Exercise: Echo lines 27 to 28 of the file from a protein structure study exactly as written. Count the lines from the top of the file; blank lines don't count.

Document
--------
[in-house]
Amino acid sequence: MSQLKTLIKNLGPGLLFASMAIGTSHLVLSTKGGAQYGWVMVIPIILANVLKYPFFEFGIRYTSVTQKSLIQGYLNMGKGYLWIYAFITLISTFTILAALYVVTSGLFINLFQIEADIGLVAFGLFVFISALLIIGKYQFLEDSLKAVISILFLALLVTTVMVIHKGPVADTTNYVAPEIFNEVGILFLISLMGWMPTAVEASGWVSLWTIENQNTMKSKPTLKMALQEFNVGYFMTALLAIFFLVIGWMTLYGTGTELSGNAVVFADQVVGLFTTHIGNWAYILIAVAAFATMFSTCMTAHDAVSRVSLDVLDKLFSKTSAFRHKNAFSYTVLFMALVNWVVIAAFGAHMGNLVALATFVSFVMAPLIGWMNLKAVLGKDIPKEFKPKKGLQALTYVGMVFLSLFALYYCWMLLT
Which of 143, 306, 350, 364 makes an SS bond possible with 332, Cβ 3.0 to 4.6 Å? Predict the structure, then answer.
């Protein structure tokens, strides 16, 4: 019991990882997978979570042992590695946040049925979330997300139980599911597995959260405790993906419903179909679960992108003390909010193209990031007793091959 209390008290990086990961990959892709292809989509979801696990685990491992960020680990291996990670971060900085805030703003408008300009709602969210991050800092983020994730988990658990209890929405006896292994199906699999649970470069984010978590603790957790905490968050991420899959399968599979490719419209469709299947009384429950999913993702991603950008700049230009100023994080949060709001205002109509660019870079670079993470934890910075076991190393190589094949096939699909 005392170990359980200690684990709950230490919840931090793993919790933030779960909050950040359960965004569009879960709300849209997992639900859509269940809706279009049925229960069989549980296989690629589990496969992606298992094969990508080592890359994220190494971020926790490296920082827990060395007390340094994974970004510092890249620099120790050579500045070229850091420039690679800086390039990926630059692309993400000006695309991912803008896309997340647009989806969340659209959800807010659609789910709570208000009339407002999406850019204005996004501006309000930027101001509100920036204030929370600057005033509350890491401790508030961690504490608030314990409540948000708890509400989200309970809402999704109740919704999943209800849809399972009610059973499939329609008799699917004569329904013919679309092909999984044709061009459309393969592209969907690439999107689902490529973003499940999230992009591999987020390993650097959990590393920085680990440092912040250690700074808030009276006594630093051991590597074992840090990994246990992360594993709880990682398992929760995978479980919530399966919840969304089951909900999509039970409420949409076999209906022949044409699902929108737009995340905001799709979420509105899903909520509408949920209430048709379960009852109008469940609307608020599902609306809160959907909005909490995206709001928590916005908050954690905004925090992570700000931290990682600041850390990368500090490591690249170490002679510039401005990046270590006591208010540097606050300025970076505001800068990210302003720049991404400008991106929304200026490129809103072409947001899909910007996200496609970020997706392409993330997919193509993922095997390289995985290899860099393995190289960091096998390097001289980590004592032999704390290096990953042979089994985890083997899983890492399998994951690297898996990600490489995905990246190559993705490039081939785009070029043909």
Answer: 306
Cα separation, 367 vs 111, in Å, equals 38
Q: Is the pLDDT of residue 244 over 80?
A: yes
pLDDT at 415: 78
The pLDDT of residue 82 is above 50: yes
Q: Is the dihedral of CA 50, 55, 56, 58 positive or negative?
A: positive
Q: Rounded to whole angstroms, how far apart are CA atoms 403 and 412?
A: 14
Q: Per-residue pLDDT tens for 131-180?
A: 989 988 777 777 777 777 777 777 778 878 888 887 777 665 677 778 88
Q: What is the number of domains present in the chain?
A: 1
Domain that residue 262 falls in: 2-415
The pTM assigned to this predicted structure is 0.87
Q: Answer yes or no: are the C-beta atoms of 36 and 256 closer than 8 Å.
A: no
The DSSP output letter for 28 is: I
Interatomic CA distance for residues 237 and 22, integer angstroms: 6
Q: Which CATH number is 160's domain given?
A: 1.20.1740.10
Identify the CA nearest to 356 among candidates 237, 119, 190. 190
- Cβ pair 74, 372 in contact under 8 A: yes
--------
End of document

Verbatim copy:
Identify the CA nearest to 356 among candidates 237, 119, 190. 190
- Cβ pair 74, 372 in contact under 8 A: yes